Written by: Mackubin Owens, Foreign Policy Research Institute
By the end of this section, you will:
- Explain the various factors that contributed to the Union victory in the Civil War
Use this Narrative alongside the J.B. Elliott, Scott’s Great Snake(Anaconda Plan), 1861 Primary Source and the Images of Total War: Sherman’s March to the Sea, 1865 Primary Source to illustrate the tactics the Union used to win the war.
Major General William Tecumseh Sherman’s actions after the capture of Atlanta and his subsequent March to the Sea are sometimes seen as anticipating the pattern of total war in the twentieth century. Some have claimed that Sherman was a war criminal, authorizing plunder and looting of civilian property. But the matter is more complex than either of these charges indicate. In fact, Sherman’s actions were the culmination of a Union policy toward civilians that evolved during the course of the war.
Initially, the Union adhered to a policy of “conciliation,” waging a somewhat limited war based on the notion that the majority of individuals in the seceded states did not support the breakup of the Union and that the governments of these states were illegal and did not represent their people’s will. Thus, early in the Rebellion, Union generals ordered their soldiers to respect the private property, including slaves, of all civilians, even those who were actively working against them. Even such generals as Ulysses Grant and William Tecumseh Sherman, who later advocated “hard war,” adhered to the policy of conciliation.
Conciliation seemed to be working until George McClellan’s stalemate on the Virginia peninsula in the early summer of 1862 and the emergence of Robert E. Lee, whose subsequent victories substantially strengthened the rebellion. As a result, Union generals such as Henry Halleck in Missouri and Benjamin Butler in New Orleans began to use what historians have called “pragmatic” policies, treating Unionists and those who were neutral better than they treated those who opposed the Union. The prominence of guerrilla warfare in Missouri and Tennessee meant that pragmatic policies took hold more quickly in the West than in Virginia.
By 1863, pragmatism began to give way to “hard war,” according to which Southerners who were identified as secessionists were the target of “directed severity,” a policy characterized by destruction of public property but also by a general unwillingness to harm civilians. Like pragmatism, hard war gained traction earlier in the West than it did in the East.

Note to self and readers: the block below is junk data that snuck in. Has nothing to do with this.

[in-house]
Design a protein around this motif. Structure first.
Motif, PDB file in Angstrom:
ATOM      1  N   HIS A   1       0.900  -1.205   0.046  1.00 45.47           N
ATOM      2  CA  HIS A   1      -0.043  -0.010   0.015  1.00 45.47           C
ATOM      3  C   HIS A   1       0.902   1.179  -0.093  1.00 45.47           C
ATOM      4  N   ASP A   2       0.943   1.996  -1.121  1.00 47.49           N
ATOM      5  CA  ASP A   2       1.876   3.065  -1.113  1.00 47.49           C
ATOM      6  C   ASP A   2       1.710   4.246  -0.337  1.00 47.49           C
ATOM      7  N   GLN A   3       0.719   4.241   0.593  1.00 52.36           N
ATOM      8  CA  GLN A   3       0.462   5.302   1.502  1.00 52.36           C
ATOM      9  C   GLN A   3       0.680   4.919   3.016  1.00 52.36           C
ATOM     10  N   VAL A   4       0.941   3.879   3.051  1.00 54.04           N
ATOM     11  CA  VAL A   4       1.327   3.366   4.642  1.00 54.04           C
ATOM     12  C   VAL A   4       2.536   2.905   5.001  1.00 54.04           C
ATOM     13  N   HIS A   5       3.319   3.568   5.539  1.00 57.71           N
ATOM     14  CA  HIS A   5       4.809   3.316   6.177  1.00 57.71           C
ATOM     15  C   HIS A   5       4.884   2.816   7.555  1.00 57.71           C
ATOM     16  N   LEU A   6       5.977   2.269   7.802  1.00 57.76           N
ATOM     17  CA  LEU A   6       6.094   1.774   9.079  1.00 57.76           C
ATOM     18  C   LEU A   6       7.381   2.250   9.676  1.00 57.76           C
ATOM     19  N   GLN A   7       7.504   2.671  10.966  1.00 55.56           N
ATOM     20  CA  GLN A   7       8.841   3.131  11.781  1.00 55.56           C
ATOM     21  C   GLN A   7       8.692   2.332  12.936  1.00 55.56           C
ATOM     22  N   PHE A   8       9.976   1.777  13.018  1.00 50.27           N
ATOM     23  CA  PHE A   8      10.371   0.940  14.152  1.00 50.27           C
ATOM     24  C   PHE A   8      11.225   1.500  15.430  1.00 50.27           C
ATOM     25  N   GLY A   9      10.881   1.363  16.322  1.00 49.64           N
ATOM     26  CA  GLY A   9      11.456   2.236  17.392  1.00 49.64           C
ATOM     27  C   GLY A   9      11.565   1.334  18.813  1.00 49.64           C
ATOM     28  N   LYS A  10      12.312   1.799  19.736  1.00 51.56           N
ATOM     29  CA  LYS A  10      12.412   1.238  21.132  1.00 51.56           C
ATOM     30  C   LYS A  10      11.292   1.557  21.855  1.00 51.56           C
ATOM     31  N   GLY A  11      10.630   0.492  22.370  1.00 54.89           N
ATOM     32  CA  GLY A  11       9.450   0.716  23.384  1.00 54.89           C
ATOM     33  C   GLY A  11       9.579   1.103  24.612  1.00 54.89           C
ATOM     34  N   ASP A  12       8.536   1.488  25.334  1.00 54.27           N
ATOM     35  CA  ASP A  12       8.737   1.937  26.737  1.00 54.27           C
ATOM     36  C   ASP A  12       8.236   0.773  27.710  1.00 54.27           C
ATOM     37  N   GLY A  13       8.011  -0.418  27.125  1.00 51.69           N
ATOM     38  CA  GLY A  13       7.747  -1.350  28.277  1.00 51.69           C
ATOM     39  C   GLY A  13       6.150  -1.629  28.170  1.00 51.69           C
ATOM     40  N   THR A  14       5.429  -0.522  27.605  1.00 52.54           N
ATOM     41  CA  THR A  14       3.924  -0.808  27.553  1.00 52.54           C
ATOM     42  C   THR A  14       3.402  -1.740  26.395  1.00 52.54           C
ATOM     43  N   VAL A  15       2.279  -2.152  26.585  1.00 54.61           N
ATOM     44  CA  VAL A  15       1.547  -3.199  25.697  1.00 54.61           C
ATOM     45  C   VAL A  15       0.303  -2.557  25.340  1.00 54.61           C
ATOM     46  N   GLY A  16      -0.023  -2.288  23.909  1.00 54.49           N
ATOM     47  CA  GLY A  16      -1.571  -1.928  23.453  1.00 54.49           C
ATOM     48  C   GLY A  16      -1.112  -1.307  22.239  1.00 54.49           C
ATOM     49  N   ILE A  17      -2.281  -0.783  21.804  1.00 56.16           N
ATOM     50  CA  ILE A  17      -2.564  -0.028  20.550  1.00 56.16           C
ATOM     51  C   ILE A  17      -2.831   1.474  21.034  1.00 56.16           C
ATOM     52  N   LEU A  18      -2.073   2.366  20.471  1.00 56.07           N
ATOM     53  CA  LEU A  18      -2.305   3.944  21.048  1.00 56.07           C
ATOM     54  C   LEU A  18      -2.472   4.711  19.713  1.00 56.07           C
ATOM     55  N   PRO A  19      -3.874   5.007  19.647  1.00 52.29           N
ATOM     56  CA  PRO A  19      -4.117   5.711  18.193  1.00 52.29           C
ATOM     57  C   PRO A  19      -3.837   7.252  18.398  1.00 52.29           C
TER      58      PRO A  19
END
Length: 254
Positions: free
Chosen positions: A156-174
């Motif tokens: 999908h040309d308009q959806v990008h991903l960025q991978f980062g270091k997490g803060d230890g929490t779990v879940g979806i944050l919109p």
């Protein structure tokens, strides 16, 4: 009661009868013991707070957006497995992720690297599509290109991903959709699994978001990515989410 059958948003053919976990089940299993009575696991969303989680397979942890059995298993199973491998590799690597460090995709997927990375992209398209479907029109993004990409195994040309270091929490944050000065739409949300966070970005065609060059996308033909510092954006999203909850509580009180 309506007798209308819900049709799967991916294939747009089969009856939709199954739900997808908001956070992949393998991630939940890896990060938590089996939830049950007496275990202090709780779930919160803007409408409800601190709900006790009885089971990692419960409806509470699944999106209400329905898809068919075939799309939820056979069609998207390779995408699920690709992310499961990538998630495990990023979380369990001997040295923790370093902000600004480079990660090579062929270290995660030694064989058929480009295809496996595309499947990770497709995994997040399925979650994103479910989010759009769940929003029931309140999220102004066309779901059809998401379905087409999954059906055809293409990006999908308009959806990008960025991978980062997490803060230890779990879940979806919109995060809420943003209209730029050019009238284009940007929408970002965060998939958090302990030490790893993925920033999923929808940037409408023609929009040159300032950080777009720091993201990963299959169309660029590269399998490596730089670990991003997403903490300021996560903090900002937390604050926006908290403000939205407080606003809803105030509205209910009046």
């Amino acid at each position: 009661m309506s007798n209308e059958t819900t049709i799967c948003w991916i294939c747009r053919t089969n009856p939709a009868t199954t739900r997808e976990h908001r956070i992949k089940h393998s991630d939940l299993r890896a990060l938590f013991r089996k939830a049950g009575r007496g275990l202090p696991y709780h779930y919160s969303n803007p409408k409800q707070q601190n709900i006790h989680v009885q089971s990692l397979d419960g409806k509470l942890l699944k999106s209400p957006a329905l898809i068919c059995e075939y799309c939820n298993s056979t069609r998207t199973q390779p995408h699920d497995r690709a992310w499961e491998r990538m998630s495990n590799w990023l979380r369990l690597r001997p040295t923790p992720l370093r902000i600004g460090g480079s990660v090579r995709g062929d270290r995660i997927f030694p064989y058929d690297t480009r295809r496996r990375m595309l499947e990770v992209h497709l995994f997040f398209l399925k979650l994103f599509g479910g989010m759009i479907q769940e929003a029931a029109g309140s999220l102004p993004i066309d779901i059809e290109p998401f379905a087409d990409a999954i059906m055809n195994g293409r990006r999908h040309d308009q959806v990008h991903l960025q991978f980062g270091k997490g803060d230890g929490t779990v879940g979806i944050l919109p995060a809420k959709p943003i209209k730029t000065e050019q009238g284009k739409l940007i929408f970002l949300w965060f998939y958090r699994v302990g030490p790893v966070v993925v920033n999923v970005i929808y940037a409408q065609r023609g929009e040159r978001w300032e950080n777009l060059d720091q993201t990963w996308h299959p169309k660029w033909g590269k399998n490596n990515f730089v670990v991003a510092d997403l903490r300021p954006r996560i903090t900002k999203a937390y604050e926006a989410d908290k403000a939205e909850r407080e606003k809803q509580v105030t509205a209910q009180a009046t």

A milestone of sorts was reached in early 1863 when General Halleck published General Order 100, which provided “a generalized set of regulations” regarding the legal aspects of conducting war. The document, signed by President Lincoln in April 1863, authorized hard war but placed clear limits on its conduct.
The Vicksburg Campaign signaled the beginning of the Union’s hard war policy, permitting whatever was necessary including the destruction of civilian property to bring the conflict to an end. During the Vicksburg Campaign, Grant lived off the land for a time, allowing his army to take what it needed from civilians in its path. Approximately seven months after the fall of Vicksburg, Sherman applied the “hard hand of war” against central Mississippi during the Meridian operation.
This operation was different in that, for the first time, Sherman instructed Union troops to wage a war of destruction, leaving civilians with enough for survival but not enough to support military activity. The Meridian operation, which provided a blueprint for Sherman’s March to the Sea, was also an example of psychological warfare, meant to destroy any hope the people might have had of a Confederate victory.
In September 1863, Sherman laid out his emerging philosophy in a long letter to Halleck. He wrote that “every member of the nation is bound by natural and constitutional law to ‘maintain and defend the Government against all its opposers whomsoever.’ If they fail to do it they are derelict,” he maintained, “and can be punished or deprived of all advantages arising from the labors of those who do.” Sherman came to Georgia to command an army in that theater and put this policy into operation after the fall of Atlanta during his famous March to the Sea.